OSHA Alliance Construction Roundtable: An Update

© Drazen Lovric/E+

By John W.  Mroszczyk, Ph.D., P.E., CSP

OSHA established the Alliance Program Construction Roundtable to bring construction-related Alliance Program participants together to discuss and share information on workplace safety and health. Through the roundtable, participants develop and share construction-related compliance assistance tools and other resources for workers and employers.

During the group’s September 2017 meeting, OSHA staff shared some telling statistics that shed light on some ongoing challenges the industry faces:

  • Ninety percent of construction employers have 20 or fewer employees.
  • These employers have high turnover.
  • Most job sites are multiemployer sites.
  • Fifty percent of all OSHA inspections are conducted on construction projects.
  • Thirty percent of fall fatalities occur from 15 ft or less.
  • Trenching injuries continue to be a problem industry wide.

The group also heard from NIOSH’s Scott Earnest, who explored ideas for developing dissemination products to prevent work-related musculoskeletal disorders (WMSDs) in construction workers across age groups.

In particular, he highlighted these key facts:

  • Between 1985 and 2015, the average age for construction workers jumped 6.5 years.
  • Recovery following a health problem is often more challenging with age.
  • Almost all biological functioning declines with age.
  • Risk of disability and chronic health conditions increase with age.
  • Rate of sprains/strains/tears, soreness, fractures increase with age.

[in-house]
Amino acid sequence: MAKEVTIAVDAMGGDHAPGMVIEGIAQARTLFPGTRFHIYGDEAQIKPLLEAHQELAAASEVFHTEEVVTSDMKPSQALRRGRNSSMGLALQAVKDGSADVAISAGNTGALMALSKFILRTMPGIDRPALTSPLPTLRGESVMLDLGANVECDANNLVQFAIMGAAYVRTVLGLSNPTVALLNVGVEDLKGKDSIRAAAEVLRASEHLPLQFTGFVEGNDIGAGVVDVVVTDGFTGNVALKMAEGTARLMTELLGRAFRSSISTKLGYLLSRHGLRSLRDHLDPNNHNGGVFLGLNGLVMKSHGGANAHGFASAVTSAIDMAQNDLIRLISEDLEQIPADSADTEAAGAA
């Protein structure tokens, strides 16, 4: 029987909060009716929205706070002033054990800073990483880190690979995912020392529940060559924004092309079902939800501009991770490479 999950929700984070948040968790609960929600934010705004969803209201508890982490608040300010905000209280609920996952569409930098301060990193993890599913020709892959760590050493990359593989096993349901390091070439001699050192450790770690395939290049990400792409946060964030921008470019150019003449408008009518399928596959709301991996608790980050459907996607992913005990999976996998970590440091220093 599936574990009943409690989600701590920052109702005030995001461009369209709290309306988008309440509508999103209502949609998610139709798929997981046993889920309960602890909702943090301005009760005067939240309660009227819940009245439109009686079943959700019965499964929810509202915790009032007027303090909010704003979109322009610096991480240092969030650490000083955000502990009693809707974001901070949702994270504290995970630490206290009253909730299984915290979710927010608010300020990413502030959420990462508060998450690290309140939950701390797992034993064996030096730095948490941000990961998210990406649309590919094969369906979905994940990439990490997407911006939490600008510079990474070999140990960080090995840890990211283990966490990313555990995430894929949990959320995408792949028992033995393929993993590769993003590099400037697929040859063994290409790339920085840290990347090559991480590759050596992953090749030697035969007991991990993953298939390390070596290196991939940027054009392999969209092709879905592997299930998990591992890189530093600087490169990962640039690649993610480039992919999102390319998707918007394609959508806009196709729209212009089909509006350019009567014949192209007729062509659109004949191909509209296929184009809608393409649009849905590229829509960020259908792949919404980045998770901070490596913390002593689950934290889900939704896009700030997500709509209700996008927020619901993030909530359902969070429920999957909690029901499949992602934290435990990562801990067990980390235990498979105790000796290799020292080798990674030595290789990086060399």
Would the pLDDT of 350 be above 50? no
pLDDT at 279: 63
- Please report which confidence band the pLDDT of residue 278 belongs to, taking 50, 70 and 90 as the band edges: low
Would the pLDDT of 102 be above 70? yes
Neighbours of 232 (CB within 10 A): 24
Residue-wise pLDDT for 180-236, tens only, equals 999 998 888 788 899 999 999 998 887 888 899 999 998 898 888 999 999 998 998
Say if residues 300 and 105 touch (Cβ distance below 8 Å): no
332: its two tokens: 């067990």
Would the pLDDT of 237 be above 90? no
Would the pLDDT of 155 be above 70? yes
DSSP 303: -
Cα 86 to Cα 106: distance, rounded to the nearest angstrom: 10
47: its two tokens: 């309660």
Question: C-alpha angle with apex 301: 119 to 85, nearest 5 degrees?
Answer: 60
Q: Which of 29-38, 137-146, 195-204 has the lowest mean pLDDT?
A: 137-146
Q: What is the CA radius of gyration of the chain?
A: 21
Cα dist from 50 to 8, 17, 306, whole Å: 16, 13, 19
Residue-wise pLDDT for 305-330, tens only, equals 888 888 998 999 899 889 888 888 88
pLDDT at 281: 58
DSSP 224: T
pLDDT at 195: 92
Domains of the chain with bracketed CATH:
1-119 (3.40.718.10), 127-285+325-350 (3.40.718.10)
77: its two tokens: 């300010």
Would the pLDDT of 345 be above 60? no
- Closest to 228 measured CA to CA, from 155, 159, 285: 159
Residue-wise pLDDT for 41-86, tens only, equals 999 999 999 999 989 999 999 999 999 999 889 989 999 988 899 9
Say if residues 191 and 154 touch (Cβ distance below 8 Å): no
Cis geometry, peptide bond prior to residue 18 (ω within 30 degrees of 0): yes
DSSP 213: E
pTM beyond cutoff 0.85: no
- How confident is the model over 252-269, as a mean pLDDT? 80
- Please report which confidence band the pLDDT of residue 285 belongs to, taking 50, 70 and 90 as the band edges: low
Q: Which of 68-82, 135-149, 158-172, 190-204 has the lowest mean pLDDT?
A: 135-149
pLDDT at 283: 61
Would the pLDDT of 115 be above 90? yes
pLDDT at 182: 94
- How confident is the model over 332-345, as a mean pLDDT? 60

• The percentage of workers in the age 45 to 64 range and the age 65 and older range has been increasing. This trend is projected to continue over the next 30 years.
  • Among construction workers age 50 and over, 31.2% report lower back pain and 31.9% report joint problems.
  • Among construction workers, WMSDs are a significant portion of nonfatal injuries and a major cause of functional impairment.
  • Each year, construction companies lose highly skilled and experienced workers due to nonfatal injuries.

Earnest reviewed several strategies that can benefit workers across all age groups. For example, most workers prefer jobs that provide some flexibility. Try to give employees a say in their work schedule, conditions, location and tasks. Additional measures include use self-paced paced work, self-directed rest breaks and less repetitive tasks. It is also important to match work tasks to worker ability and to avoid prolonged sedentary work. Employers should also manage hazards at the work site (e.g., slips/trips, noise) that can challenge older workers.

Here are links to additional resources on this topic:

John W. Mroszczyk, Ph.D., P.E., CSP, is president of Northeast Consulting Engineers Inc. in Danvers, MA. He is a past administrator of ASSE’S Engineering Practice Specialty and currently serves on the Society’s Council on Professional Development. Mroszczyk is ASSE’s representative on the OSHA Alliance Program Construction Roundtable. He received a 2015 Professional Paper Award from ASSE for his article, “Improving Construction Safety: A Team Effort.” He is a professional member of ASSE’s Greater Boston Chapter and speaks frequently on construction safety. 


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